2

I'm trying to write a simple shell script for launching commands with urxvt. The idea is this (not the complete script, just the idea):

PRMPT="read -r CMD"
urxvt -g 55x6-20+20 -e $PRMPT
CMD

There are two problems with this script. The first one is that read is not fit for this kind of task, as it would ignore options of a command (if I write echo hello read would assign echo to CMD and ignore hello). The second one, which is the one that puzzles me most, is that urxvt -e exits immediately and does not wait for my input. I figure that it has to do with the fact that read is a builtin function, but for example urxvt -e echo hello works fine.

Does anybody have any suggestions on how to change the script?

  • 2
    What is your goal? – Wildcard Aug 16 '16 at 18:40
  • "suggestion"..: by reading the urxvt man page (which is a worthy read), one learns that like most terminal programs it essentially does whatever is designed by "-e" and when that's done it's done. sooo... if you want to run shell commands, give it a shell thusly: urxvt -e sh -c "shell commands" – Theophrastus Aug 16 '16 at 18:45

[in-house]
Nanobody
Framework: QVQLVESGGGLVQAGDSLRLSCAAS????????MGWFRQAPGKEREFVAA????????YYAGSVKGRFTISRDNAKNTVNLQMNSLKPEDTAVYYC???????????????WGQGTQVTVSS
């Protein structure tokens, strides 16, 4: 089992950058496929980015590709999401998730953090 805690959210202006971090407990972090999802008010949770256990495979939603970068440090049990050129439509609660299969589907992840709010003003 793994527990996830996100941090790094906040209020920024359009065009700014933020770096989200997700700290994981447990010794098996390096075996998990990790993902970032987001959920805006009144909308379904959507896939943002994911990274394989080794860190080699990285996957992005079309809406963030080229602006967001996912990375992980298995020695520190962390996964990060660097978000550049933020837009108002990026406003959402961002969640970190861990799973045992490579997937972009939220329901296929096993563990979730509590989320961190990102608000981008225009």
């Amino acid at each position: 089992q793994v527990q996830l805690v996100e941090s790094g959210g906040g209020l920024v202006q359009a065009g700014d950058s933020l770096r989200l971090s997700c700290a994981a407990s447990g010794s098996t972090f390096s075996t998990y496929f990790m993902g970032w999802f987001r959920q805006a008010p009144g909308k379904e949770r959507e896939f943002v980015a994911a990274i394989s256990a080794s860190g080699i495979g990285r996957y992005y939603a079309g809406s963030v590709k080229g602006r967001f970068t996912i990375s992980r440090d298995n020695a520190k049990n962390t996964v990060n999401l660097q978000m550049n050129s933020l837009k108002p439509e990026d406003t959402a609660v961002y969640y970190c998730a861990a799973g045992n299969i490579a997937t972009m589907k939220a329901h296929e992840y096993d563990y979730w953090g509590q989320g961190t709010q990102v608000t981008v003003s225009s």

1

what is your goal? echo is executable (/bin/echo), read is builtin. -e means execute an executable. If you wanna use a builtin function of your shell (bash?) use urxvt -e /bin/bash -c read -r CMD

1

I don't know urxvt, but can help you with read.

When you use read this way:

read -r CMD

It assigns the first token it reads to the variable CMD. If you want to read more tokens, you can state more variables explicitly.

read -r CMD ARGS1 ARG2 ARG3

In this case, if there are more tokens than variables to which they should be assigned, the last variable takes what it's intuitively supposed to plus the rest of the tokens read.

You can also use an array, by adding the -a option.

read -ra CMD

To expand an array, do:

"${CMD[@]}"

Illustration.

$ read -a cmd
echo ok
$ ${cmd[@]}
ok

Your Answer

By clicking “Post Your Answer”, you agree to our terms of service, privacy policy and cookie policy

Not the answer you're looking for? Browse other questions tagged or ask your own question.